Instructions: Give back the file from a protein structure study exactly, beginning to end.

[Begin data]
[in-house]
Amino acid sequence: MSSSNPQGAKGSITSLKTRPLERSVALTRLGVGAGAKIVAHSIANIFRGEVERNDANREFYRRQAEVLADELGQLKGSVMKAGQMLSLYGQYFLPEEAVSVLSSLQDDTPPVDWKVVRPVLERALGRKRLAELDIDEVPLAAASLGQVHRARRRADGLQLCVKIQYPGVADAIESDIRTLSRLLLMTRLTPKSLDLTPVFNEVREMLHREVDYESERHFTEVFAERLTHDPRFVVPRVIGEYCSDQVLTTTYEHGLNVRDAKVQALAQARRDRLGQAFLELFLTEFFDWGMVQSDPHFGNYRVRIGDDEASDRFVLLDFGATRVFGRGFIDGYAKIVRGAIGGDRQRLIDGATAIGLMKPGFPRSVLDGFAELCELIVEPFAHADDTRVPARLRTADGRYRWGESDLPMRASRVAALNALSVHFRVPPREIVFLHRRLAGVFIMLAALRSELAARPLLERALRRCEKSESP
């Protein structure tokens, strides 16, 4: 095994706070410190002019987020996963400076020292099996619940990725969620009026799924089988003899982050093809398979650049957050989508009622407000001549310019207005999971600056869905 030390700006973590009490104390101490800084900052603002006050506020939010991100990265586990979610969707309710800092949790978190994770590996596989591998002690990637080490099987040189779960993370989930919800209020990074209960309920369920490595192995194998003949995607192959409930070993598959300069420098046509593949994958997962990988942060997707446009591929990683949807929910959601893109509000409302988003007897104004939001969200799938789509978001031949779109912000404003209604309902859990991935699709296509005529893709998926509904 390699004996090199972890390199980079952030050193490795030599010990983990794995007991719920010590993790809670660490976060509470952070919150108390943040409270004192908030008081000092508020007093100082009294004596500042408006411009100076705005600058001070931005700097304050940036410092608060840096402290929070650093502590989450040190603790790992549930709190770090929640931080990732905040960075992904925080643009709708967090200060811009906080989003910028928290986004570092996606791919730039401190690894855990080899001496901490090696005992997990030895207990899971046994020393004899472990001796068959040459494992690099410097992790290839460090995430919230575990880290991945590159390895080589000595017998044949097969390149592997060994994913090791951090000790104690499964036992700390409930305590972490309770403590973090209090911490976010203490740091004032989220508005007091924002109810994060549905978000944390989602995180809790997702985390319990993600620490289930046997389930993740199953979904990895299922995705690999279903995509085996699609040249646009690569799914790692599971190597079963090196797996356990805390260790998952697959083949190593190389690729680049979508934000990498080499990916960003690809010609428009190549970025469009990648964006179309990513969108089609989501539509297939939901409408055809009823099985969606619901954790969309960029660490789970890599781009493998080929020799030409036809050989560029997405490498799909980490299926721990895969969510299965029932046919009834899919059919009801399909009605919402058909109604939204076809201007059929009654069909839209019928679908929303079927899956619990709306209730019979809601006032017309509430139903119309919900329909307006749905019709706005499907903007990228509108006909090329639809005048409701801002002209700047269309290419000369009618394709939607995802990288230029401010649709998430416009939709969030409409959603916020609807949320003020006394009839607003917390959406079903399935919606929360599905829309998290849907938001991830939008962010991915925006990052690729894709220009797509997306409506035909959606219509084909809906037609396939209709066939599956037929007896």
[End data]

[in-house]
Amino acid sequence: MSSSNPQGAKGSITSLKTRPLERSVALTRLGVGAGAKIVAHSIANIFRGEVERNDANREFYRRQAEVLADELGQLKGSVMKAGQMLSLYGQYFLPEEAVSVLSSLQDDTPPVDWKVVRPVLERALGRKRLAELDIDEVPLAAASLGQVHRARRRADGLQLCVKIQYPGVADAIESDIRTLSRLLLMTRLTPKSLDLTPVFNEVREMLHREVDYESERHFTEVFAERLTHDPRFVVPRVIGEYCSDQVLTTTYEHGLNVRDAKVQALAQARRDRLGQAFLELFLTEFFDWGMVQSDPHFGNYRVRIGDDEASDRFVLLDFGATRVFGRGFIDGYAKIVRGAIGGDRQRLIDGATAIGLMKPGFPRSVLDGFAELCELIVEPFAHADDTRVPARLRTADGRYRWGESDLPMRASRVAALNALSVHFRVPPREIVFLHRRLAGVFIMLAALRSELAARPLLERALRRCEKSESP
């Protein structure tokens, strides 16, 4: 095994706070410190002019987020996963400076020292099996619940990725969620009026799924089988003899982050093809398979650049957050989508009622407000001549310019207005999971600056869905 030390700006973590009490104390101490800084900052603002006050506020939010991100990265586990979610969707309710800092949790978190994770590996596989591998002690990637080490099987040189779960993370989930919800209020990074209960309920369920490595192995194998003949995607192959409930070993598959300069420098046509593949994958997962990988942060997707446009591929990683949807929910959601893109509000409302988003007897104004939001969200799938789509978001031949779109912000404003209604309902859990991935699709296509005529893709998926509904 390699004996090199972890390199980079952030050193490795030599010990983990794995007991719920010590993790809670660490976060509470952070919150108390943040409270004192908030008081000092508020007093100082009294004596500042408006411009100076705005600058001070931005700097304050940036410092608060840096402290929070650093502590989450040190603790790992549930709190770090929640931080990732905040960075992904925080643009709708967090200060811009906080989003910028928290986004570092996606791919730039401190690894855990080899001496901490090696005992997990030895207990899971046994020393004899472990001796068959040459494992690099410097992790290839460090995430919230575990880290991945590159390895080589000595017998044949097969390149592997060994994913090791951090000790104690499964036992700390409930305590972490309770403590973090209090911490976010203490740091004032989220508005007091924002109810994060549905978000944390989602995180809790997702985390319990993600620490289930046997389930993740199953979904990895299922995705690999279903995509085996699609040249646009690569799914790692599971190597079963090196797996356990805390260790998952697959083949190593190389690729680049979508934000990498080499990916960003690809010609428009190549970025469009990648964006179309990513969108089609989501539509297939939901409408055809009823099985969606619901954790969309960029660490789970890599781009493998080929020799030409036809050989560029997405490498799909980490299926721990895969969510299965029932046919009834899919059919009801399909009605919402058909109604939204076809201007059929009654069909839209019928679908929303079927899956619990709306209730019979809601006032017309509430139903119309919900329909307006749905019709706005499907903007990228509108006909090329639809005048409701801002002209700047269309290419000369009618394709939607995802990288230029401010649709998430416009939709969030409409959603916020609807949320003020006394009839607003917390959406079903399935919606929360599905829309998290849907938001991830939008962010991915925006990052690729894709220009797509997306409506035909959606219509084909809906037609396939209709066939599956037929007896």